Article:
I Kelly's Eye

Terry - Angel Falls
If you remember we visited Angel Falls and this is another view that not many people see, from the top. About four months before we went there one of Mike's skydiving friends, Terry Woodgate, jumped it. At over three thousand feet you get thirteen seconds of freefall, you can see Terry in a very fetching pink and jumpsuit.The dreadful landing area has winds gusting to 25 knots caused by the water falling, large boulders and trees. Many jumpers land in the trees. If you look at Terry's body position he is flying away from the wall with a ski-jumper's body position.

I have to say that when we were there Mike was looking up and I know what he was thinking.

Looking west over the entrance to Willemstad's harbour. You can see part of the floating bridge lying alongside the far bank.

There are many original, pretty Dutch buildings, this one dates from 1708 and is on the east bank.

And looking to the left of that building this is what you see - it's very pretty.

The pigeons in Curaçao caught an eye virus that made them short sighted. When the population got fed up with pigeons flying into buildings, and into them, the government acted. They caught most of the remaining pigeons and glued corrective lenses to them - the black ring you can see is epoxy glue.

That's according to Mike. The bird book says they are Bare Eyed Pigeons and the ring is bare skin but they do look like they are wearing glasses.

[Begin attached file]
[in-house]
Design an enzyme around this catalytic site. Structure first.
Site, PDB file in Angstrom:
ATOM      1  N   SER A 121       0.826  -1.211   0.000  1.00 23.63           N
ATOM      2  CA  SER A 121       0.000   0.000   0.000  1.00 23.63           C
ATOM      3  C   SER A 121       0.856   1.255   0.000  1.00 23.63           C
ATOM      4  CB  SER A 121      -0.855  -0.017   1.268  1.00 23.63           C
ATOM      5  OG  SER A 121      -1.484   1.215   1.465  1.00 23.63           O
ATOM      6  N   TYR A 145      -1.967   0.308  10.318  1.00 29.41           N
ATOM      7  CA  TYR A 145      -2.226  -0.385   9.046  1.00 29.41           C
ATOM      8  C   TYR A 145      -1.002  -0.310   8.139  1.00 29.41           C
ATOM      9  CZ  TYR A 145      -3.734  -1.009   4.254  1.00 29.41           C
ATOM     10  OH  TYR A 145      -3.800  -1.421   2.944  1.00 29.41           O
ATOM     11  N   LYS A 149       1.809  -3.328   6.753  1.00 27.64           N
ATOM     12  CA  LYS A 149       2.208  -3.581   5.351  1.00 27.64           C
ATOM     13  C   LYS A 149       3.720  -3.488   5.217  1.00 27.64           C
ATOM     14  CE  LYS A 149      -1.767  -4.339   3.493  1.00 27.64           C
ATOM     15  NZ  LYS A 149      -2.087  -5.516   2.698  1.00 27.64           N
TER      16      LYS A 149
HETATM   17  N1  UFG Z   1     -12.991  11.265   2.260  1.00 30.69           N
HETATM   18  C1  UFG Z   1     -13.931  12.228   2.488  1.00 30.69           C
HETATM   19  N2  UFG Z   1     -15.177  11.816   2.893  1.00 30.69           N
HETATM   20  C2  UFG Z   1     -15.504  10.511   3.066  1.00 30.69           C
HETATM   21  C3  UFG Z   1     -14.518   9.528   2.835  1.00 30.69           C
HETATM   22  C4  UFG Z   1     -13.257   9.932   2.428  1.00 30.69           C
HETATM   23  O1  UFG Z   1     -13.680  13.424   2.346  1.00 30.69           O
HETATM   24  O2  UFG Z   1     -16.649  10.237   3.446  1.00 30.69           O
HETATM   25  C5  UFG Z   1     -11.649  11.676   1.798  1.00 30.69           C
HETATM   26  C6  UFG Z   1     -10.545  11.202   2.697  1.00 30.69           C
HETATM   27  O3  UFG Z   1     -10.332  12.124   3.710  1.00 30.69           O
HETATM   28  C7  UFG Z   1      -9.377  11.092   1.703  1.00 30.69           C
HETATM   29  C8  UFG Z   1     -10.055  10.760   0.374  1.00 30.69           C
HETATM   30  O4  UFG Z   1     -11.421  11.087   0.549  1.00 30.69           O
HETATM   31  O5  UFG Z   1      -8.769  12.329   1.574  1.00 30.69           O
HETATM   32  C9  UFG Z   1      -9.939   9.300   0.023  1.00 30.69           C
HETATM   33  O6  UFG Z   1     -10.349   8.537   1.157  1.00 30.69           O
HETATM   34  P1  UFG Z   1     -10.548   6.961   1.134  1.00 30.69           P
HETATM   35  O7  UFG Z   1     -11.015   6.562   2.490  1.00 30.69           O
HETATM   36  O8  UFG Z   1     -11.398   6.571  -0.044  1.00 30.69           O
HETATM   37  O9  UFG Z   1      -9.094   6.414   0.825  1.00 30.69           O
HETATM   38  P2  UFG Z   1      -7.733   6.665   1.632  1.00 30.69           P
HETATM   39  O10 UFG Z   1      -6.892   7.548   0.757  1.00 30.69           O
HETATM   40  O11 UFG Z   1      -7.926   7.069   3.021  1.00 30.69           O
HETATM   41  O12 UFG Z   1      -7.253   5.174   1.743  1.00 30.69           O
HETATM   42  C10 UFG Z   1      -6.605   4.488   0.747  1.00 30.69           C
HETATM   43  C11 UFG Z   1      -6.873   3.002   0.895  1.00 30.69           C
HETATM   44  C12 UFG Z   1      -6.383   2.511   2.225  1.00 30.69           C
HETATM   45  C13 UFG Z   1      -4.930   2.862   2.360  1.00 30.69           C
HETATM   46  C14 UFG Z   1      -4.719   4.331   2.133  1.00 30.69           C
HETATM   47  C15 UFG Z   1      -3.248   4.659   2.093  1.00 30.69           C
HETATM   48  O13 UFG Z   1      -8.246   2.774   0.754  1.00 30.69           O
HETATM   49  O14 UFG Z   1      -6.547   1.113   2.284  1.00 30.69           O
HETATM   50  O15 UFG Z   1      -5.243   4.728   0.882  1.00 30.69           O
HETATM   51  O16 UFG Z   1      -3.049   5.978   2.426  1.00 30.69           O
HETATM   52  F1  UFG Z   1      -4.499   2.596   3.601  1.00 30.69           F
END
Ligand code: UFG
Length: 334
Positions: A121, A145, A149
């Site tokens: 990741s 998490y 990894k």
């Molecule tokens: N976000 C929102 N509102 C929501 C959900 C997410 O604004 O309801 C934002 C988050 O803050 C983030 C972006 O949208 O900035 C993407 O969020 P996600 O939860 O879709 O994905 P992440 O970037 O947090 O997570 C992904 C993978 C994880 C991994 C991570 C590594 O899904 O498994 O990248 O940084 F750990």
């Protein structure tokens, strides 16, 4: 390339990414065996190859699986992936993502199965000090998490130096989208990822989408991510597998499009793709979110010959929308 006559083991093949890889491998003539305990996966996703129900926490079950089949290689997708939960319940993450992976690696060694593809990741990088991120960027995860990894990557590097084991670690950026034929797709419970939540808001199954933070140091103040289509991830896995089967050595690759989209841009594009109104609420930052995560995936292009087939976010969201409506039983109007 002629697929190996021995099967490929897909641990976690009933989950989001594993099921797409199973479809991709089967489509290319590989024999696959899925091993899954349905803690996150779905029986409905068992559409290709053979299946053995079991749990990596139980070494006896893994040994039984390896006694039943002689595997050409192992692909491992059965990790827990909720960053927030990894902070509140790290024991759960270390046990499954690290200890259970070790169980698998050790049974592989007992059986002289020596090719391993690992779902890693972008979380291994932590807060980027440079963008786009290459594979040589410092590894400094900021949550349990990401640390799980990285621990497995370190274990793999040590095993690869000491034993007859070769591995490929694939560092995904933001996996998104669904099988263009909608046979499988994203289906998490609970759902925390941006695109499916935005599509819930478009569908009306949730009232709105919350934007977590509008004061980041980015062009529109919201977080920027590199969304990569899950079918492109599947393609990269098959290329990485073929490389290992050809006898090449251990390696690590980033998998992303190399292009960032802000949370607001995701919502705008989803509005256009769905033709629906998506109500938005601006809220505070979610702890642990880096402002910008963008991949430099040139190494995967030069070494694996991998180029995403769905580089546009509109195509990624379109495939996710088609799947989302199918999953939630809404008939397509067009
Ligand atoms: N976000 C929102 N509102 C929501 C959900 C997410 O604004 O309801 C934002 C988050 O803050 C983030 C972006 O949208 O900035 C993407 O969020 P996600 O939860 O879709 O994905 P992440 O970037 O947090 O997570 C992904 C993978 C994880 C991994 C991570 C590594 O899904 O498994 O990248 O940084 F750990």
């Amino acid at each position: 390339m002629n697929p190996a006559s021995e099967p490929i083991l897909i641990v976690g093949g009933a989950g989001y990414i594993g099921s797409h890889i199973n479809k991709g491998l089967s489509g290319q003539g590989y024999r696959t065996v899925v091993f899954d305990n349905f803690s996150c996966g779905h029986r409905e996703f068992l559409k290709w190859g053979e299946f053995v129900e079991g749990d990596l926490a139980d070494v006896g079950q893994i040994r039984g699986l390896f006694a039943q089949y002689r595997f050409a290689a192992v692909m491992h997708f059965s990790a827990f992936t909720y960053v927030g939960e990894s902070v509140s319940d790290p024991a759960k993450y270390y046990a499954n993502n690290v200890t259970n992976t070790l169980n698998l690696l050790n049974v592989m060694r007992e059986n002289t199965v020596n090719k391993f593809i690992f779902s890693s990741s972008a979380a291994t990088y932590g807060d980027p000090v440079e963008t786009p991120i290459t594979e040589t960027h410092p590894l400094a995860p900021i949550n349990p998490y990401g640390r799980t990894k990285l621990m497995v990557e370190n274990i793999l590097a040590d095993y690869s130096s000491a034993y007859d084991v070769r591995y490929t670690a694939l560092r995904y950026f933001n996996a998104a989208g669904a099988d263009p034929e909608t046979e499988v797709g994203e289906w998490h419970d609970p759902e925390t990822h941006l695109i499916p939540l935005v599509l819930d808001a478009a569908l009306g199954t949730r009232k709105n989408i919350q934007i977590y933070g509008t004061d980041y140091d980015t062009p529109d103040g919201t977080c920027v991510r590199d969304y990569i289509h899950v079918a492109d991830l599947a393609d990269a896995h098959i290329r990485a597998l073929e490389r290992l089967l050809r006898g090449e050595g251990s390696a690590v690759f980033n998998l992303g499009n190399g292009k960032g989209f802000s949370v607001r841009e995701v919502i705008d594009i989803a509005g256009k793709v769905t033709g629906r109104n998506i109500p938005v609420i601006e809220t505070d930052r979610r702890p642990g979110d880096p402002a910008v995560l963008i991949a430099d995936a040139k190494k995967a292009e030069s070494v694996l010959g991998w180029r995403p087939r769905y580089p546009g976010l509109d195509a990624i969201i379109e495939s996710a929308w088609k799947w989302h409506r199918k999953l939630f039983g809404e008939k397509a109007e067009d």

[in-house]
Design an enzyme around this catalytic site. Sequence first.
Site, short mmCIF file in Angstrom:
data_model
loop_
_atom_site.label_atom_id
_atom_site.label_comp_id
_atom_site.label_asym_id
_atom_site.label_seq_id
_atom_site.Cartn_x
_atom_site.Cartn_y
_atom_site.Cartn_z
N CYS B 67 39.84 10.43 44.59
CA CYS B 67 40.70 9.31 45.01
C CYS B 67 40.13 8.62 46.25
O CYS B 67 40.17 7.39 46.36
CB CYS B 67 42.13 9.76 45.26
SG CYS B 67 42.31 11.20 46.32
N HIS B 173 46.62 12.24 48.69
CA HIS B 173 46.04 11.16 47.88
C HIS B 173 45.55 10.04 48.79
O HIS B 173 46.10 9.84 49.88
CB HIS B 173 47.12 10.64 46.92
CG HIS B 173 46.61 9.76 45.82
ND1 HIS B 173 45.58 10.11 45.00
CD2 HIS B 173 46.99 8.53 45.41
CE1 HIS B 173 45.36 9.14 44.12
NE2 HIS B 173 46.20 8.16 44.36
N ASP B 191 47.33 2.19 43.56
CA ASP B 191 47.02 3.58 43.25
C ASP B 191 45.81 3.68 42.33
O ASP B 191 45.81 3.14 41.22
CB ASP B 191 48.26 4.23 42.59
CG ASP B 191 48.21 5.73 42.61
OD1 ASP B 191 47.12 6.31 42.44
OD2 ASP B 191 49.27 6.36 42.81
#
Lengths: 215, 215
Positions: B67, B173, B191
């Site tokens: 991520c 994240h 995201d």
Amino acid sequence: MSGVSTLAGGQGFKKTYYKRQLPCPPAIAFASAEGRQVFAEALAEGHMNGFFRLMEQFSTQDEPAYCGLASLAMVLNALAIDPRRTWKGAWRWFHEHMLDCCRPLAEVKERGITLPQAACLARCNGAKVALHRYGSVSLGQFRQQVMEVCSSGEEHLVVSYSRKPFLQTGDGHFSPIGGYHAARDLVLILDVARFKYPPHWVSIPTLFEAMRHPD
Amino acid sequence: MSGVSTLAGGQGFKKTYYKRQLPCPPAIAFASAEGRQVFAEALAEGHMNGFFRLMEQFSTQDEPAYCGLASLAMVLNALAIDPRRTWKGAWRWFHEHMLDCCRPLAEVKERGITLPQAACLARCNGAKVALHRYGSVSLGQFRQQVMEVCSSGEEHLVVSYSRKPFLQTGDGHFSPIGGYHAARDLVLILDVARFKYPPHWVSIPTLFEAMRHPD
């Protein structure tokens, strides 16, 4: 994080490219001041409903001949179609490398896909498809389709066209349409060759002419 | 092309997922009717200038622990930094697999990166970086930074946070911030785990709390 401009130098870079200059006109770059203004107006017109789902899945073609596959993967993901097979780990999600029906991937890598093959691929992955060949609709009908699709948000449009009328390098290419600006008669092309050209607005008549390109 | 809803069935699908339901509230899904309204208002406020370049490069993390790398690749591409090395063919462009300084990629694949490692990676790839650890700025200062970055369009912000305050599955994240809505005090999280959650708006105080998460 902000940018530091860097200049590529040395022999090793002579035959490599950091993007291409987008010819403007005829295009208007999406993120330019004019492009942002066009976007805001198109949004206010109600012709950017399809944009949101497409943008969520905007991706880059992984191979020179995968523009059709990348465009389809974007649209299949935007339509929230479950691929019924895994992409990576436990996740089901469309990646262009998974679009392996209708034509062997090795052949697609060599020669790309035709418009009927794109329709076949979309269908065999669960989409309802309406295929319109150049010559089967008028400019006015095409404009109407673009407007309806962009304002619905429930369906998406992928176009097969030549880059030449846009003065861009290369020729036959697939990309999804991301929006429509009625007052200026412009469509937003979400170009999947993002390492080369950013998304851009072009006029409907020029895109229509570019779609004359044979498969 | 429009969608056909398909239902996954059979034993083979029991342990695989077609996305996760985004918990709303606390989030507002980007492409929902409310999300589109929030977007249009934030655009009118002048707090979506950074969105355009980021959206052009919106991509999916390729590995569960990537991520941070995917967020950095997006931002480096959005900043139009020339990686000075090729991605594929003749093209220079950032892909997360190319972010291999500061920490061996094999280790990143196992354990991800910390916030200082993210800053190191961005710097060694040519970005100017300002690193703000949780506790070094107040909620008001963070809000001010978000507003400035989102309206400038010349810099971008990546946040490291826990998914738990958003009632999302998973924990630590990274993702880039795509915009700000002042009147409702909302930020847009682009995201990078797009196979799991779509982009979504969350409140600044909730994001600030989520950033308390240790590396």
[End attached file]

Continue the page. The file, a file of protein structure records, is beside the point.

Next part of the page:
White-tailed Hawk
White-tailed Hawks are a threatened species. In Curaçao there are no more than ten breeding pairs, so we were lucky one pair lived nearby the marina. We always thought Hawks were quite small birds (compared to say Eagles) but these have a four foot wingspan. When you watch them in flight from a distance you can't really see the head, just a huge pair of wings and a stubby tail.

Spanish Water
The view looking roughly east from the boat parked in Spanish Water, Curaçao. The hills cause the wind to accelerate and gust usually to around twenty five knots. You can see the phosphate mining works so maybe they will be gone one day

Aruba Hotel
The view from our hotel window in Aruba. It was off-season so the place was fairly quiet. The hotel grounds were however teeming with birds, there were always at least half a dozen birds in sight and much singing.

Up the mast
If you hear shouting in a marina there is probably somebody up a mast 'communicating' with the person on deck. Usually the men go up the mast but some of the ladies do too. This is a Kiwi lady, Robin, up the mast of the British flagged yacht PR2, trying to fix a broken anemometer. Tools, tape, whatever you need up there are often hauled up in a bucket.

Mike painting
Mike doing some exterior painting. Anything to do with painting takes six days (filling and sanding, three undercoats and two topcoats). We also use three different types of paint on the boat (hull, deck, interior). Being a steel boat any sign of corrosion gets treated and painted as soon as possible.